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Nea Makes Arts Accessable To All

Tue., Jan. 3, 1995

Having first slandered the National Endowment for the Arts, the good biblical folks who will soon be in charge of Congress now mean to stone it to death for its sins.

The sins are few and minor, but ever since the political and religious right discovered that retailing horror stories was good for their fundraising, they have used a handful of NEA misjudgments (and have crudely misrepresented a larger number of sound judgments) to discredit the agency.

In truth, NEA’s thousands of grants go overwhelmingly to aid the nation’s established cultural institutions - museums, opera and ballet companies, symphony orchestras - and to bring quality cultural experiences to small towns and rural areas largely bypassed until NEA took up their cause.

NEA is damned as an elitist indulgence and a money sump, but most of its effort goes to making art more accessible, not less, and it costs us a lousy 64 cents a year each, for goodness sakes.

In short, Republicans mean to do massive damage to the nation’s cultural infrastructure just to save pocket change and nail the ideological point that government shouldn’t do anything nice.

But there’s greater damage pending than even that, for killing NEA would do violence to the credibility of democracy itself as a sustainer of its own received civilization.

Western culture, from the time of the ancient Greeks, developed with crucial subsidies from the aristocracies and religious institutions that were the public sectors of their day.

How, then, is a democratic people to take up that obligation? Well, democratically, of course, just as NEA does.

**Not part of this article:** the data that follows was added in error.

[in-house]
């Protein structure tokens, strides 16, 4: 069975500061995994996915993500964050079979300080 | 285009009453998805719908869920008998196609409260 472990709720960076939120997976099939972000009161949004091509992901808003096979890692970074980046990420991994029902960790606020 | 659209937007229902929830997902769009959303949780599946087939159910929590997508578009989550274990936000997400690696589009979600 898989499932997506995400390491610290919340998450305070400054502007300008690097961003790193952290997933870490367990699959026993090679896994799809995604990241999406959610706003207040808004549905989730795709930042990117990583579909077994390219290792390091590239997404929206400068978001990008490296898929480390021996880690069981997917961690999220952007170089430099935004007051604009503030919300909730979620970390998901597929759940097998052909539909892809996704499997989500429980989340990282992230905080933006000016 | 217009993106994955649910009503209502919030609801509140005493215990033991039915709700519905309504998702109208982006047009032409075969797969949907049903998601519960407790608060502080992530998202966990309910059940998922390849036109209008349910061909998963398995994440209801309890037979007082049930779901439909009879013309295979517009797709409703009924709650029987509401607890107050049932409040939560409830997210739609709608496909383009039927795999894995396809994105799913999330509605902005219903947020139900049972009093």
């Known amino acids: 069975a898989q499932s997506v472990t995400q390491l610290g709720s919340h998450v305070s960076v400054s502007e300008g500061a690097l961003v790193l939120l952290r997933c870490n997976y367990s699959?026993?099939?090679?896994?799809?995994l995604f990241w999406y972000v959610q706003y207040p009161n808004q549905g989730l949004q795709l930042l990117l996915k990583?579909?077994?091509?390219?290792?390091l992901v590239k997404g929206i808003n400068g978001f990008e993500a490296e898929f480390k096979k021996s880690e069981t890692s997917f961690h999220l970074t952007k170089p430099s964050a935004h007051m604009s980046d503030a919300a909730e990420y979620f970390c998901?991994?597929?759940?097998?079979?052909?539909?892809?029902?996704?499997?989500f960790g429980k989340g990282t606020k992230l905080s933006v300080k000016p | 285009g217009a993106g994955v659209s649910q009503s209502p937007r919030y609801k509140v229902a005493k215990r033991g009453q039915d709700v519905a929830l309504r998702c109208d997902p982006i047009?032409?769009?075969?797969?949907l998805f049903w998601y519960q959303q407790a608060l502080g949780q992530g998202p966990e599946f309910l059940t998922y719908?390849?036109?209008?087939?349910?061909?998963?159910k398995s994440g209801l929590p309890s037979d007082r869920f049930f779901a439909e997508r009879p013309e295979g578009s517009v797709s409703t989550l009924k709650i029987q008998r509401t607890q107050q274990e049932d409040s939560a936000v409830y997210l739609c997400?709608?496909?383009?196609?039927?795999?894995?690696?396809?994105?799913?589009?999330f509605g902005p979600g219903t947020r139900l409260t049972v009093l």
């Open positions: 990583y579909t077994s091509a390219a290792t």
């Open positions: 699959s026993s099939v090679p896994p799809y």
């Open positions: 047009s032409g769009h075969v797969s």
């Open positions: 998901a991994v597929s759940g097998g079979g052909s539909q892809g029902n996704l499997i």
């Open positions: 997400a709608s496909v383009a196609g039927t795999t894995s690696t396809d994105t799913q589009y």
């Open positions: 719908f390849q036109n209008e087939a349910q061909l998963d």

Preoccupied with nation building and development, we were late coming to that responsibility. Even with NEA, we are supporting the arts at levels only a third to a tenth of those that European governments provide.

You know, when we set up this startling nation, with its revolutionary premises, we made an implicit pact with history.

We did not disavow the great accomplishments of western civilization. Ours was not a revolution of destruction. It was a revolution of construction.

We envisioned a better stewardship for our heritage. A democratic people would step in. We would sustain our heritage without the tyrannies of crown and mitre.

We promised a political management that, in addition to bringing the blessings of a new order, would maintain, advance and enrich the treasures of the old order.

The attack on NEA is part of a larger war against enlightenment values. Values that cherish culture as a community enterprise, that understand democracy as having durable business in the common interest, that see far more promise than risk in supporting creativity and that understand poor work will fade while the great work of any era will join the cultural inheritance of the next.

The arts are far from the be-all of our pact with history, but one measure of our fidelity is in the quality of our political engagement with them and our willingness to protect their enduring values from the corrosions of the malicious and the opportunism of the indifferent.


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